Today, with the spring sun trying to burn through an early
morning Belgian mist, it is hard to imagine that this innocuous
looking potato field was once the hellish moonscape of the front
By the end of World War I life on the surface had become
untenable. Tons of steel fell from the sky in a near continuous
bombardment. The Germans retreated into thick concrete pillboxes. The British
dug further and further underground.
Today we often picture the British Tommy taking a drag from a
cigarette leaning against the wall of his trench. In reality,
especially around the Belgian town of Ypres, tens of thousands were
living up to 40ft [13m] beneath the ground.
That is how far they had to dig to be safe from the German
Memories of Passchendaele
After the battle of Passchendaele in 1917, when a quarter of a
million British and Commonwealth soldiers died as troops advanced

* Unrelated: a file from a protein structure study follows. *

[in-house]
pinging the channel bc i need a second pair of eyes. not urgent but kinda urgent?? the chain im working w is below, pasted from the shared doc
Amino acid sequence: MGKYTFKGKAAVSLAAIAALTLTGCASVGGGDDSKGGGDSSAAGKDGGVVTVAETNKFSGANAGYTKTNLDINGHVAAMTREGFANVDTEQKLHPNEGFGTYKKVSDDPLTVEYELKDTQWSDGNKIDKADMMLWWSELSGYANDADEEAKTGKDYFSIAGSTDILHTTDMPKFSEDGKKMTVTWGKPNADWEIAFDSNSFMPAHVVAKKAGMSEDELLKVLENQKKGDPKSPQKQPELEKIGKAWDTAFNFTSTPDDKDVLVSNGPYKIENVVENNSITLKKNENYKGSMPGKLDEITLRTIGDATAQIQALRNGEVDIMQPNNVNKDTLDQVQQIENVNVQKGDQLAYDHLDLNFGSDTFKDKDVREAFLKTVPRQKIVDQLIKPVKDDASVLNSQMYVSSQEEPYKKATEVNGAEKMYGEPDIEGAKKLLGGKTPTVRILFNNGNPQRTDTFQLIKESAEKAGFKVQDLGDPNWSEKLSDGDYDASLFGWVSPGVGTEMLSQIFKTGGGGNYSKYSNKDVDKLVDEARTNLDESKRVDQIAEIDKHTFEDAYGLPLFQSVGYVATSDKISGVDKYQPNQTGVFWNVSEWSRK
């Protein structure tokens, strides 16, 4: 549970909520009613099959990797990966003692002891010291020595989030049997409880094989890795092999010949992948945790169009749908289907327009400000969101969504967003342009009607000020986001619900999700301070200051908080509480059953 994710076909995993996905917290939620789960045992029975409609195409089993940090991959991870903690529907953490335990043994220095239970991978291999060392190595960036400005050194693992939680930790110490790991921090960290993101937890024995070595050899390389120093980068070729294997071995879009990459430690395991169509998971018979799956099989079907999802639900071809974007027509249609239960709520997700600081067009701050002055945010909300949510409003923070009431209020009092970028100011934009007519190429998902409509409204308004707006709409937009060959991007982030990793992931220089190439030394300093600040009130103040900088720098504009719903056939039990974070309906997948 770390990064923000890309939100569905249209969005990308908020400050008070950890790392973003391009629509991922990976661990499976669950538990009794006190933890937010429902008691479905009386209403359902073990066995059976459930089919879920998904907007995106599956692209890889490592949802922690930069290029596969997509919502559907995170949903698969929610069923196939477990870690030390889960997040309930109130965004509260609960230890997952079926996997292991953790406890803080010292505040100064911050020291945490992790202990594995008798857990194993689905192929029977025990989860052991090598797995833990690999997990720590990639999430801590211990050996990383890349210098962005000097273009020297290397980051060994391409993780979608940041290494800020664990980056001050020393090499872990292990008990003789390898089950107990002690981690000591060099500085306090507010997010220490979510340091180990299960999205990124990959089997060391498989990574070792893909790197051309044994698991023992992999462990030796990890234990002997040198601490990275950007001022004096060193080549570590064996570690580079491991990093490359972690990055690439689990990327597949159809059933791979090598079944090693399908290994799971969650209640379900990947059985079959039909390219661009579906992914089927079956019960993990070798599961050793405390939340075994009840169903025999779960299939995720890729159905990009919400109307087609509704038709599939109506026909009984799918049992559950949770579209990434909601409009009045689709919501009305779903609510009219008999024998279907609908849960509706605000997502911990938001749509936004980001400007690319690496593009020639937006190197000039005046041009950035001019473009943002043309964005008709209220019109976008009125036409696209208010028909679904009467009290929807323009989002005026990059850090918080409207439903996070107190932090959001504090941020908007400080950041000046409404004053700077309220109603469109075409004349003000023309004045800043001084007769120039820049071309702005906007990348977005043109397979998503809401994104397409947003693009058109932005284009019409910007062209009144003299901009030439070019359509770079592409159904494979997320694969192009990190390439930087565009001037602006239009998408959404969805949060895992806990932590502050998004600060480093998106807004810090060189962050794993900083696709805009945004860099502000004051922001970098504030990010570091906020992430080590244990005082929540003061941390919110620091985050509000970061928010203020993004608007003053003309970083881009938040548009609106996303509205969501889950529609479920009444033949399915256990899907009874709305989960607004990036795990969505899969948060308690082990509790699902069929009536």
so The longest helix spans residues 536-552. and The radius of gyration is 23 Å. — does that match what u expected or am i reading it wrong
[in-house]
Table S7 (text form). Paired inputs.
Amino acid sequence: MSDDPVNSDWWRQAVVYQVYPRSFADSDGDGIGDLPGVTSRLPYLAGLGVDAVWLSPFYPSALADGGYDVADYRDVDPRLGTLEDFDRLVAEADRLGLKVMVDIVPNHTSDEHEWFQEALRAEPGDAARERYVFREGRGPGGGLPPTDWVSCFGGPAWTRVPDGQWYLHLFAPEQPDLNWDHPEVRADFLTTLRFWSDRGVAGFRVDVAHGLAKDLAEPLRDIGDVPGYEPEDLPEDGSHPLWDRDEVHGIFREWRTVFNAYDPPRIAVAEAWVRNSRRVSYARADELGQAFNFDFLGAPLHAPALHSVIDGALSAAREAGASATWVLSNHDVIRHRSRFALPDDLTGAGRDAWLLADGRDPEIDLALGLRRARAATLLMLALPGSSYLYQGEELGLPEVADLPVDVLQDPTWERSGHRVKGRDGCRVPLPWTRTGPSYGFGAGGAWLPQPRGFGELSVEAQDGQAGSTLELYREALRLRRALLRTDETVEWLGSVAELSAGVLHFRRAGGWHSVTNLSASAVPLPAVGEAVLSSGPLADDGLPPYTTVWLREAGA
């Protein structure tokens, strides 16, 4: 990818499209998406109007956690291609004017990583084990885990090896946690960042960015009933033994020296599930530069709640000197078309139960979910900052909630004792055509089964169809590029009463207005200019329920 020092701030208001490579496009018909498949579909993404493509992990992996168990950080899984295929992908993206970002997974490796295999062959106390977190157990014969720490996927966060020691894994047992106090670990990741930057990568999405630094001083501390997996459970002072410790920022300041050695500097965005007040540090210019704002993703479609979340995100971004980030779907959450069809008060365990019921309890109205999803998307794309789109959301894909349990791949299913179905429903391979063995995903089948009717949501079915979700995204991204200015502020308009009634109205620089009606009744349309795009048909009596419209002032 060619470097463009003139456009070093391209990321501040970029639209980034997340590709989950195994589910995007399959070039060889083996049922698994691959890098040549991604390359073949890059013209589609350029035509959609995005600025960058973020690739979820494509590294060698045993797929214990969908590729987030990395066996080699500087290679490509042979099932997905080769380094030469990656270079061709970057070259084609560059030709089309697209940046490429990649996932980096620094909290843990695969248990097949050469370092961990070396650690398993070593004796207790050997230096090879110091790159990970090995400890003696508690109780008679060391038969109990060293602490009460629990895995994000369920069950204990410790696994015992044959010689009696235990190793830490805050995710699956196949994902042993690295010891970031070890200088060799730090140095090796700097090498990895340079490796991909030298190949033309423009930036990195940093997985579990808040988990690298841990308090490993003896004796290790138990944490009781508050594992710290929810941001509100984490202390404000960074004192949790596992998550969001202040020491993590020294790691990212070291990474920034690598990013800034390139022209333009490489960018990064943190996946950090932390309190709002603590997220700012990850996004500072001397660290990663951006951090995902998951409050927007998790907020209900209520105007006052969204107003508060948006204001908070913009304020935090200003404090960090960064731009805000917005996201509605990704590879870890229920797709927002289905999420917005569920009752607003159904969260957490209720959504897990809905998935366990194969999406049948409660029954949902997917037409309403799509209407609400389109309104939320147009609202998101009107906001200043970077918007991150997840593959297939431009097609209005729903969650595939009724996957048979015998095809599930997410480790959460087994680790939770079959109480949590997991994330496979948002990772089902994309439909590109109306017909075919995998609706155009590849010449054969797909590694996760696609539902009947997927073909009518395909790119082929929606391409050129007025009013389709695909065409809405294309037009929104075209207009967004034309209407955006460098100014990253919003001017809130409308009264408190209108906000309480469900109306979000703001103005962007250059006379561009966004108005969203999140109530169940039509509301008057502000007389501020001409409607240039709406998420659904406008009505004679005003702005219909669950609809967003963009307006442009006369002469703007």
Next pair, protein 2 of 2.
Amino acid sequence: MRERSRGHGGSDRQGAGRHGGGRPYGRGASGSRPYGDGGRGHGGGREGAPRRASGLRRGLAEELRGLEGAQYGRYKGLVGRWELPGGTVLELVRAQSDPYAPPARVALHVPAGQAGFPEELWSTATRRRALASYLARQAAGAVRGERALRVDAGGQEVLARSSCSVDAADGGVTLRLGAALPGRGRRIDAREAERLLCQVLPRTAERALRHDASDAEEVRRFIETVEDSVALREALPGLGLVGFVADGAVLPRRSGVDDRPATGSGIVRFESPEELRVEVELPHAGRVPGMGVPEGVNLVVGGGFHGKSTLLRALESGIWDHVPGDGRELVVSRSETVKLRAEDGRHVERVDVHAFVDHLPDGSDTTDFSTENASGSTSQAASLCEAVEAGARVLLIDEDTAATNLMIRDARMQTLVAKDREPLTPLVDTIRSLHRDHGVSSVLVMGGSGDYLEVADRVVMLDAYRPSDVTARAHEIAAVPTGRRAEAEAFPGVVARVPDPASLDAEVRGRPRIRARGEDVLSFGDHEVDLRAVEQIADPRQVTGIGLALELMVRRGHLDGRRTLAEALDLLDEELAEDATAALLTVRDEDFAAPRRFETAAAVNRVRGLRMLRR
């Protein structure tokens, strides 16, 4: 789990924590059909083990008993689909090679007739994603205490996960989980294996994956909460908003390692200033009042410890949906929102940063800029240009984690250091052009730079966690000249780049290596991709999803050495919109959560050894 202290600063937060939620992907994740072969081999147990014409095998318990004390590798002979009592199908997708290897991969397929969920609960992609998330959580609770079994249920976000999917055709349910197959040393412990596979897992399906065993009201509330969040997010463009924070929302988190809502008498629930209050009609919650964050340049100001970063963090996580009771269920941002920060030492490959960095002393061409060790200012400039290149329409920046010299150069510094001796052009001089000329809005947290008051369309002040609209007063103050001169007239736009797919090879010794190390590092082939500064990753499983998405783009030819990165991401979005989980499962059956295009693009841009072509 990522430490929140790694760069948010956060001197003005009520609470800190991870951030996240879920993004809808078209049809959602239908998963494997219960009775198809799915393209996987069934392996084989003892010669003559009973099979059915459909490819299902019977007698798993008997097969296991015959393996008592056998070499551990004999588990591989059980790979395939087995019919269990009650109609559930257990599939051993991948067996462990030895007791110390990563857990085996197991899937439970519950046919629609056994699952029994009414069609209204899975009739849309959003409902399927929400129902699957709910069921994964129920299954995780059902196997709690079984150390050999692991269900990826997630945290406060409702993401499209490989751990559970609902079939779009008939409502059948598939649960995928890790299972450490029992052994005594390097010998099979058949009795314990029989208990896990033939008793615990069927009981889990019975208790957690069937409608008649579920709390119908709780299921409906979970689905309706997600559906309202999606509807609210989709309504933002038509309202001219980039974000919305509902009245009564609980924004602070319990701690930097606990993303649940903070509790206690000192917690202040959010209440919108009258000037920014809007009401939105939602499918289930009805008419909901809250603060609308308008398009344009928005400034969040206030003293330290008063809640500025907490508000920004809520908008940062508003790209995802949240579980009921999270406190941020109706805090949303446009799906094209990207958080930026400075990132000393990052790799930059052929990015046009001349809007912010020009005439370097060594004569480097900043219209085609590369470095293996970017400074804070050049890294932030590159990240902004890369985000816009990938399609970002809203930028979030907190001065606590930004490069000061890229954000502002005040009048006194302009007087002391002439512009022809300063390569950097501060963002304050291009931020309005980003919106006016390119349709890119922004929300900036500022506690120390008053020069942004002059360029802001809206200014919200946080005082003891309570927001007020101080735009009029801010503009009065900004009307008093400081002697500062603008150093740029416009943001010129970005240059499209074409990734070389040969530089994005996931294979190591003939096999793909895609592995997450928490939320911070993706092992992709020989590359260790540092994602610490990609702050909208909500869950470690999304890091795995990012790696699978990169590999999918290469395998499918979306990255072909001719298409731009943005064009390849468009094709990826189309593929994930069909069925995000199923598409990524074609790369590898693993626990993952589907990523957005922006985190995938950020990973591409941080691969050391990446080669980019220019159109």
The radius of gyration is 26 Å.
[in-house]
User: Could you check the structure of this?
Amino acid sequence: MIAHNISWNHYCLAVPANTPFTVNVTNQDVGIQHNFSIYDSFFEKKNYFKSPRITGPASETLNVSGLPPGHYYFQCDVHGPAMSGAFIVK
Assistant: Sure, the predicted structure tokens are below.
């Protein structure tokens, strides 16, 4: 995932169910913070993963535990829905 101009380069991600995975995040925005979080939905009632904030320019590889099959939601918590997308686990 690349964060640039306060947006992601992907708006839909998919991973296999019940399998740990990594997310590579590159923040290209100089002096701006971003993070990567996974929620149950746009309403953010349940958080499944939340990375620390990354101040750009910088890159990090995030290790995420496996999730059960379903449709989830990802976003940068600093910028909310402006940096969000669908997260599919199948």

the few miles to Passchendaele Ridge, a brigade headquarters was
Within a week of its completion in 1918, the Germans swept
through during their spring offensive and recaptured all the
territory gained at such a cost a few months earlier.
They moved into the tunnels and extended them. As the war drew
to a close they were finally abandoned as British troops advanced
again in the autumn of 1918. They were sealed and flooded and have remained buried and half
forgotten ever since.
Race against time
Peter Barton, historian, author and expert in underground
warfare, is hoping to be able to get back into the tunnels.
He said: "Those dugouts which we've explored before, everything
was preserved, from the actual structure of the thing itself to
blankets, to the wire on the bunks, to newspapers!"
But it is a race against time. Excavations in a nearby clay-pit
mean the water that is preserving everything inside the tunnel
system might be drained and the process of decay will begin.